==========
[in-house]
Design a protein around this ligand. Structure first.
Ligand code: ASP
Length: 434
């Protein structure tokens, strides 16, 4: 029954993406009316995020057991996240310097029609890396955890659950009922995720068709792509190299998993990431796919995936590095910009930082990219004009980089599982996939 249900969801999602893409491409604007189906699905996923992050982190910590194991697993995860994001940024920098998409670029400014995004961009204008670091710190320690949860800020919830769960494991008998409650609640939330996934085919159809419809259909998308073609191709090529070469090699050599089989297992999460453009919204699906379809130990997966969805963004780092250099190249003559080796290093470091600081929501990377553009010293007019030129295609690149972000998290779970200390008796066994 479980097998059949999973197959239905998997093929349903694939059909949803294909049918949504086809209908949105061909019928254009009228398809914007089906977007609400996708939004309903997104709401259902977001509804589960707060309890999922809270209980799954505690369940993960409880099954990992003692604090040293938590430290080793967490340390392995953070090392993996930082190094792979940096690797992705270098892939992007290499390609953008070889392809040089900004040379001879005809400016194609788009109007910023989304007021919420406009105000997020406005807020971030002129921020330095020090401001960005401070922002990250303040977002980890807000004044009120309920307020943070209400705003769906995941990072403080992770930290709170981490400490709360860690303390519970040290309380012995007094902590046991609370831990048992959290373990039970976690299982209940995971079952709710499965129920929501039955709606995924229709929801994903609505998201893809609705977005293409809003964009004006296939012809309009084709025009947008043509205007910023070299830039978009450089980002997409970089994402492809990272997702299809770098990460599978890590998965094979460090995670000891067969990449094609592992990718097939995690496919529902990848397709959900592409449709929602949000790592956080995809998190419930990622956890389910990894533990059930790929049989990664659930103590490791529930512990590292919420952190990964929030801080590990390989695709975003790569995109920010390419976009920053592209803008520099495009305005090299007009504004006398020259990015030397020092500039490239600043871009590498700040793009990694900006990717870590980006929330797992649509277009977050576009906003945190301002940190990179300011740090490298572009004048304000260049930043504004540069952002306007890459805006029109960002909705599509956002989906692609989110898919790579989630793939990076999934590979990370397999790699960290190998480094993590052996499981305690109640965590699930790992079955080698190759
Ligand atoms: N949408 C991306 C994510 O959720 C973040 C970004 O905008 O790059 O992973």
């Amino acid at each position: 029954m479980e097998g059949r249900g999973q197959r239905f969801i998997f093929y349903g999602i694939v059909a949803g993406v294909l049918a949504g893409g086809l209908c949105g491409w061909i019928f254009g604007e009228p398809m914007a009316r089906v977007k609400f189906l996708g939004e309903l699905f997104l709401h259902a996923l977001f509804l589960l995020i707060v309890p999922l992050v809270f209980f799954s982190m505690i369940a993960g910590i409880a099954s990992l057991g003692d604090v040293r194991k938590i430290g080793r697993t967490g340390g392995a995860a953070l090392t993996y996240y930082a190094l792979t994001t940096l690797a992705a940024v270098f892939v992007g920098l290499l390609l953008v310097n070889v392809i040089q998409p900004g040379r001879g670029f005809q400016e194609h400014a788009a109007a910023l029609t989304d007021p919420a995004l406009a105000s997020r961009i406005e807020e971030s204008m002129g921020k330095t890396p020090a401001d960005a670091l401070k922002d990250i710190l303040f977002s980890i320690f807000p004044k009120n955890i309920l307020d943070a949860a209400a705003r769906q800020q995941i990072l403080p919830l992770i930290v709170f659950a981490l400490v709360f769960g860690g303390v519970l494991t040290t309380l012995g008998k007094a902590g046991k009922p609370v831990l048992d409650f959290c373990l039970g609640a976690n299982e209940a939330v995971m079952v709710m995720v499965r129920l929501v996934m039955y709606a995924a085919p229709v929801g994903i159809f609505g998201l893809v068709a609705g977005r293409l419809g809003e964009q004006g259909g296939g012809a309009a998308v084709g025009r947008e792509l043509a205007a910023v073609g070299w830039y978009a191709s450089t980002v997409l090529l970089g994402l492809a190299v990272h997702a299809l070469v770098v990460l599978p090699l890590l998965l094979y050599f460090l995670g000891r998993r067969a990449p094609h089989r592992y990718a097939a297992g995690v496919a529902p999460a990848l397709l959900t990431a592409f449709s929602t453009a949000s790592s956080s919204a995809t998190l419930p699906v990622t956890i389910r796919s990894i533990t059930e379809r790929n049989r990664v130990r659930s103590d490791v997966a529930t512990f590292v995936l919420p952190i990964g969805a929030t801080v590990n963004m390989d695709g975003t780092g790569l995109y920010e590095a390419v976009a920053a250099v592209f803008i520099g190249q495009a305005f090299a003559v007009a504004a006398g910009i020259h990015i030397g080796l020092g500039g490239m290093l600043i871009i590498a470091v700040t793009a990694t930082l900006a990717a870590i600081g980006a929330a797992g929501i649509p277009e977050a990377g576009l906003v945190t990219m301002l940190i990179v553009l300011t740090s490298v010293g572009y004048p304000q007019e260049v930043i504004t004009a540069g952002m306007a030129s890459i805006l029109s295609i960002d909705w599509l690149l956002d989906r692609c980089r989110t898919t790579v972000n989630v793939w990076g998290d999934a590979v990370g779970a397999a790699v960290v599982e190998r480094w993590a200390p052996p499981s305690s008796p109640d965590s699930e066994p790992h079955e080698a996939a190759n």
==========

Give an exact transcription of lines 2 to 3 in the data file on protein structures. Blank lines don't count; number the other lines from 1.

Design a protein around this ligand. Structure first.
Ligand code: ASP